Monday, January 3, 2011

New Year, New You! Welcome to the Future.

I trust everyone enjoyed their holiday season and remembers everything they did on New Year's Eve.

Over the break I noticed this bike in Lawrence, Kansas:

he flower doubles as a light.It wasn't the best "cockie" I saw, but as I wrote in an email to BSNYC,

"I saw a "better" cockpit, but I think the bike belonged to a homeless guy begging for money. I felt it wrong to take a picture of his bike while he sat there in the cold. I also felt it was wrong to give him some money only to make myself feel better about taking a picture of his bike. So I didn't take a picture, and now I feel bad about that."

I also hit up Mr. Snob concerning the famed IKEA bike:

Sweet bike, wish I got one for Christmas.Notice the backwards fork on the second picture. I didn't give this poor wrenching a second thought until I read through the book Fixed I received as a gift. I must first say that 75% of the book is interesting in its coverage of the history of the bicycle and numerous forms of track racing that I had previously been under-informed about. The last 25% is crappy hipster writing about how cool the "fixie culture" is. Anywho, back to the matter at hand. In that book, the authors discuss motor-paced bike races and specifically say that the forks of these bikes would be turned around in order to allow the rider to get deeper into the slipstream of the motorcycle they were following:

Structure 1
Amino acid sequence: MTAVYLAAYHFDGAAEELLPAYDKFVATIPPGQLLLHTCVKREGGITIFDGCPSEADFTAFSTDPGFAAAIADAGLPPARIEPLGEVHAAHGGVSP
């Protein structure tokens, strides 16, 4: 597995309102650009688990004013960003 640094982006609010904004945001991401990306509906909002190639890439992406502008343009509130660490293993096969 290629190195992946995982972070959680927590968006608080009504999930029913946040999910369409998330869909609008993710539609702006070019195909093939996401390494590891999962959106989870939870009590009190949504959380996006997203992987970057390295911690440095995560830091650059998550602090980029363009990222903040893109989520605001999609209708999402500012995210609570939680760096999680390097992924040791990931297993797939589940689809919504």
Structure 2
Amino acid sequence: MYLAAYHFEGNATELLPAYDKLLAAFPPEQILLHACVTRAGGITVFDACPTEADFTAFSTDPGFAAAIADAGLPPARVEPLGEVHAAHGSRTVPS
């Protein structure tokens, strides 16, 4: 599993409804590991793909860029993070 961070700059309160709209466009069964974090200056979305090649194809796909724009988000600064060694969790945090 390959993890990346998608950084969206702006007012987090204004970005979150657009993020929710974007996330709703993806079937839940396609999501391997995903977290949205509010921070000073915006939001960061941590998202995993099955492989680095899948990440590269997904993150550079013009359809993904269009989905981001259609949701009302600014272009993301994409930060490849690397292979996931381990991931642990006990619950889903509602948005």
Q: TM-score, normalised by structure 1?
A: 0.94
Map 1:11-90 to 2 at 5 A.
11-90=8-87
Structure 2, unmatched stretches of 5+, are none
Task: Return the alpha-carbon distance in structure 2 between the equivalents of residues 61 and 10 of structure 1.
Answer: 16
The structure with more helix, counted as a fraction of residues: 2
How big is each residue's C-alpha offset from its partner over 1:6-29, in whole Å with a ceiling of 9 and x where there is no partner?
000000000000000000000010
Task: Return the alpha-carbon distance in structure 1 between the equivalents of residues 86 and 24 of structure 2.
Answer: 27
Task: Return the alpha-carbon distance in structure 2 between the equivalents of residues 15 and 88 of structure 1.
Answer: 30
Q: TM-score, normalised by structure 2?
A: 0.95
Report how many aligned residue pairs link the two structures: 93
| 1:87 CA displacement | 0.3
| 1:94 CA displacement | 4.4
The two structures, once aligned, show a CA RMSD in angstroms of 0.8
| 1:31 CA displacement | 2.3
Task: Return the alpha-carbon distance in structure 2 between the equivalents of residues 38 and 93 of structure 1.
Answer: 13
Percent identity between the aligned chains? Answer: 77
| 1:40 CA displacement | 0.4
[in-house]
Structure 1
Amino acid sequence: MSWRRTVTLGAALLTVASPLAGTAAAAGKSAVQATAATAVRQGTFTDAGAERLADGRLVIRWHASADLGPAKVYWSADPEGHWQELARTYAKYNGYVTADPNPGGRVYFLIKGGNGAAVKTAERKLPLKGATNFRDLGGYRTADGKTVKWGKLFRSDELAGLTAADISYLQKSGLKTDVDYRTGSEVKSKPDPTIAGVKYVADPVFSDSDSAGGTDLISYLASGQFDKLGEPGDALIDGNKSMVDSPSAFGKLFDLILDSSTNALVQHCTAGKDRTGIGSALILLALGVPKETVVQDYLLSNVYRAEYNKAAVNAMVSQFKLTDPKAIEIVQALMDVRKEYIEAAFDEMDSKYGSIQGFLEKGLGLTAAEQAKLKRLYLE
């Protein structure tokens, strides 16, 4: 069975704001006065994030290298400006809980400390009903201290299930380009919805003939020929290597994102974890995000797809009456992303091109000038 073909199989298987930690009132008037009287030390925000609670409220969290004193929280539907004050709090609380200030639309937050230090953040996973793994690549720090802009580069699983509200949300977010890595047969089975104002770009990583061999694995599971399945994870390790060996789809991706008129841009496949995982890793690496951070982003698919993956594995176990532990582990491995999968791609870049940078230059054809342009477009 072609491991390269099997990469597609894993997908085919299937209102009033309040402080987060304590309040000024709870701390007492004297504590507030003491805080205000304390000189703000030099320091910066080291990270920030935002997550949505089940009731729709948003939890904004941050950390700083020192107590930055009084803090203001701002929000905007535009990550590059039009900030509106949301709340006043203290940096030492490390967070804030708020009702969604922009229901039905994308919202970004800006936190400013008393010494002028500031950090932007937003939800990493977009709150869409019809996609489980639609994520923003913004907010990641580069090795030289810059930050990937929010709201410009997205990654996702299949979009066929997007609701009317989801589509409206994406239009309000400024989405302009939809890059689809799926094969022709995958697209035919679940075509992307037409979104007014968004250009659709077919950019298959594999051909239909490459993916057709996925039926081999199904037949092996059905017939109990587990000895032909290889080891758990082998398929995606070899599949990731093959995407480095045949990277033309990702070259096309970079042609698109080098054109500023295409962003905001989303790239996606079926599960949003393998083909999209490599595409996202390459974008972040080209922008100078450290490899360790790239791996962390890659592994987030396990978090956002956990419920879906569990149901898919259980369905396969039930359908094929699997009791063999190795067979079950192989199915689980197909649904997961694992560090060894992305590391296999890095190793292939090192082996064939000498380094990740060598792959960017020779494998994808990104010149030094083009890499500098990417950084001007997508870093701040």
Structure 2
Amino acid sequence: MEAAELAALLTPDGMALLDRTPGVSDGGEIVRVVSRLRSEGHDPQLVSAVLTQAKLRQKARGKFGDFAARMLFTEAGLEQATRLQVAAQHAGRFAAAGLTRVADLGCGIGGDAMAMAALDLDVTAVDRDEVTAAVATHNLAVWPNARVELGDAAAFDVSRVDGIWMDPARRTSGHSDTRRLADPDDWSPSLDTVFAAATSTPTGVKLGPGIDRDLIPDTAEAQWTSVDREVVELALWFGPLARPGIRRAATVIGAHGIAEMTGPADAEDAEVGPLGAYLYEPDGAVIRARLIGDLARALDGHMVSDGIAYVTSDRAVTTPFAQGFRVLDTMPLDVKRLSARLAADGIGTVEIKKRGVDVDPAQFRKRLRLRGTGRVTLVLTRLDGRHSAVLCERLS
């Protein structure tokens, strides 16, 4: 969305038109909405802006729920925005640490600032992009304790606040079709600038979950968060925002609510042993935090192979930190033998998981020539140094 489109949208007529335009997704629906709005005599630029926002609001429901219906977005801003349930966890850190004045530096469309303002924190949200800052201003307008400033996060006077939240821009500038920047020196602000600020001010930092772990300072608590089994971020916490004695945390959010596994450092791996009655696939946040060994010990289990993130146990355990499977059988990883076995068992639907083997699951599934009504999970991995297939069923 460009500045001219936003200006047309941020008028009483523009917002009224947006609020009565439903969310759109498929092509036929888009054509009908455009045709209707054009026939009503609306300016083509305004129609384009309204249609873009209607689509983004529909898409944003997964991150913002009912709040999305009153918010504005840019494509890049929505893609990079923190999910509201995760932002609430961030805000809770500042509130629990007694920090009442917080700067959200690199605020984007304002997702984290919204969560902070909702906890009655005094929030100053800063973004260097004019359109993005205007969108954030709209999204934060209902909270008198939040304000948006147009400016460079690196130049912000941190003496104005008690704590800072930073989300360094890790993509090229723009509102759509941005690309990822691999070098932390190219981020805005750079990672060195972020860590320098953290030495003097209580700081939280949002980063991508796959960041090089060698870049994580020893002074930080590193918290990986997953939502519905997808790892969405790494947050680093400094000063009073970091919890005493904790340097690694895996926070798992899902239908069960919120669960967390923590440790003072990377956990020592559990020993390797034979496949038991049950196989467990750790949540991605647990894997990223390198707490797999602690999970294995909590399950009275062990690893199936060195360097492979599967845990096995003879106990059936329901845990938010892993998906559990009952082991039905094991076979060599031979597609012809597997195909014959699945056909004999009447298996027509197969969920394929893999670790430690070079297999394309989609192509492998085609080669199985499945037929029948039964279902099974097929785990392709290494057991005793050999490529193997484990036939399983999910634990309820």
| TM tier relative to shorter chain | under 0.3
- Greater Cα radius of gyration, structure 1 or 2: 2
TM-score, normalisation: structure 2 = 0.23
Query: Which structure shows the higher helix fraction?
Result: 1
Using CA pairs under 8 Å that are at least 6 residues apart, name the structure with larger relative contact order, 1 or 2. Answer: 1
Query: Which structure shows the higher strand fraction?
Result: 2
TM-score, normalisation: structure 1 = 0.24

Looks comfortable.I suggested that perhaps the IKEA bike rider was testing the bike's feasibility as a motor-pacing racer. We'll see if we see an increase of IKEA employees on the tracks of Berlin in the coming year.

During the break I also enjoyed some beer from The High Noon Saloon. In order they are Stumblin' Reindeer Christmas Ale, Raspberry Wheat, and Honey Wheat:

Stumblin' Reindeer
Raspberry Wheat
Honey WheatLike most beers at The High Noon, each of these is a tasty treat. The Stumblin' Reinbeer is obviously a seasonal beer, but the two wheat beers are brewed and served year-round. The only thing I'll say about them is that if you aren't in the mood for a sweet beer, stay away from the wheats. The combination of sweetness and the fact that they are wheats makes for a filling glass of beer.

Welcome to the future, here's to hoping it turns out as even-keeled as you can make it.

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